In the U.S., a DBA lets the public know who the real owner of a business is. The DBA is also called a fictitious business name or assumed business name. It got its origins as a form of consumer protection, so dishonest business owners couldn’t try to avoid legal trouble by operating under a different name.
Is doing business as the same as a fictitious name?
Generally, the function of the DBA or fictitious name is to show the buying public the identity of the business owner. It allows the public to know and have the contact details of the person handling the business. A fictitious name has the same meaning as a DBA, and both terms are interchangeable.
Can you run a business with just a fictitious name?
As a sole proprietor, you can legally conduct business in that state under your fictitious business name, but you won’t have any limited liability protection. … If you want to use a different name you will have register your DBA name in that state by filing the appropriate documents.
What is the benefit of a fictitious business name?
Some of the main advantages of filing for a fictitious business name are privacy protection, increased flexibility, and enhanced value. Certain advantages may benefit different types of business structures more than others.
What is the doing business as name of your business?
DBA stands for “doing business as.” It’s also referred to as your business’s assumed, trade or fictitious name. Filing for a DBA allows you to conduct business under a name other than your own; your DBA is different from your name as the business owner, or your business’s legal, registered name.
What are the disadvantages of a DBA?
Overall, the disadvantages of a DBA include:
- As an owner, you are personally liable for all debts accumulated by your business.
- As an owner, you do not exclusively own rights to your name.
What does fictitious name mean?
In the case of a business owned by an individual, a “fictitious business name” is any name that does not include the last name (surname) of the owner, or which implies additional owners (such as “Company”, “and Company”, “and Sons”, “Associates”, etc.).
Does a DBA need a separate bank account?
You do not need to have separate bank accounts unless you also have separate DBAs. Many banks do not even charge you to have separate bank accounts and doing so can make the accounting and tax process much easier.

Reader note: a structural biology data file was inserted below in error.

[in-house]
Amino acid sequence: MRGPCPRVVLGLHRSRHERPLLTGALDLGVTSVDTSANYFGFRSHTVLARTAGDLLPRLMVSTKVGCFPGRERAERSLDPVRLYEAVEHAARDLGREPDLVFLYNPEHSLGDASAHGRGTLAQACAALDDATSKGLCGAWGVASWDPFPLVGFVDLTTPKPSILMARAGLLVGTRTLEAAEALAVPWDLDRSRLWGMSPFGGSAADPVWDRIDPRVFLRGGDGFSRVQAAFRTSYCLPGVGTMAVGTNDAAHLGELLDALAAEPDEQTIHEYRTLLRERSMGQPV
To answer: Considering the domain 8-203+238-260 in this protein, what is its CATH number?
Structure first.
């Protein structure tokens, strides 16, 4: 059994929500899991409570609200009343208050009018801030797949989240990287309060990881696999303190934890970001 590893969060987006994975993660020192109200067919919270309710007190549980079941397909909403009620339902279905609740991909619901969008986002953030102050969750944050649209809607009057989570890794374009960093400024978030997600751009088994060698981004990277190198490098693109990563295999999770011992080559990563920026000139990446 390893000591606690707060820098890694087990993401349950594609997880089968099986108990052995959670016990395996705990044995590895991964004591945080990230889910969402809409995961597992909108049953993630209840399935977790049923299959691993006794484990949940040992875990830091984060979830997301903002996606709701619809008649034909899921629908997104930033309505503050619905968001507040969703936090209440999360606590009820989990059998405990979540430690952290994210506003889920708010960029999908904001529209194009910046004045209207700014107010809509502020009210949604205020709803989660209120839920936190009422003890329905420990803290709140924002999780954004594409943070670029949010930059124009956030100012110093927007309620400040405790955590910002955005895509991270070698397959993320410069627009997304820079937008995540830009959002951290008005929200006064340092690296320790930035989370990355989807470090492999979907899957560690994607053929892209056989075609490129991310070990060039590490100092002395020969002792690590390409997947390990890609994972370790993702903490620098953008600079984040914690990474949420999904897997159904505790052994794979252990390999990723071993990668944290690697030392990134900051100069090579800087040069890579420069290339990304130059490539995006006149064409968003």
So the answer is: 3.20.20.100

Does a DBA need an EIN?
Your DBAs are just your business nicknames, and therefore, you won’t have a separate EIN for a DBA. Not all businesses need an EIN. Whether you’re required to have one depends on how your business is organized and what kind of taxes it pays.
Should I use my name for LLC?
You should always place the initials “LLC” after your business name—including placing it on your correspondence, contracts, forms, business cards, website, signs and marketing materials.
Is a DBA better than an LLC?
The biggest difference between a DBA and an LLC is liability protection. … On the other hand, an LLC provides limited liability protection. The business owners’ personal property remains completely separate from the business. In addition, a DBA does not provide any tax benefits.
What is a DBA example?
For example, business owner John Smith might file the Doing Business As name “Smith Roofing.” Corporations and limited liability companies (LLCs) may register DBA names for specific lines of business. For example, Helen’s Food Service Inc. might register the DBA “Helen’s Catering.”
How do I protect my business name?
Trademark. A trademark can protect the name of your business, goods, and services at a national level. Trademarks prevent others in the same (or similar) industry in the United States from using your trademarked names.
Where can I check if a business name is taken for free?
Use the USPTO’s free trademark database and to get yours registered. Simply go to http://www.uspto.gov/main/trademarks.htm and click “Search.” Then follow the instructions you see on the screen.
How do I choose a business name?
Here are 12 helpful suggestions on how to come up with a winning name for your business:
- Avoid hard-to-spell names. …
- Don’t pick a name that could be limiting as your business grows. …
- Conduct a thorough Internet search. …
- Get the .com domain name. …
- Use a name that conveys some meaning. …
- Conduct a trademark search.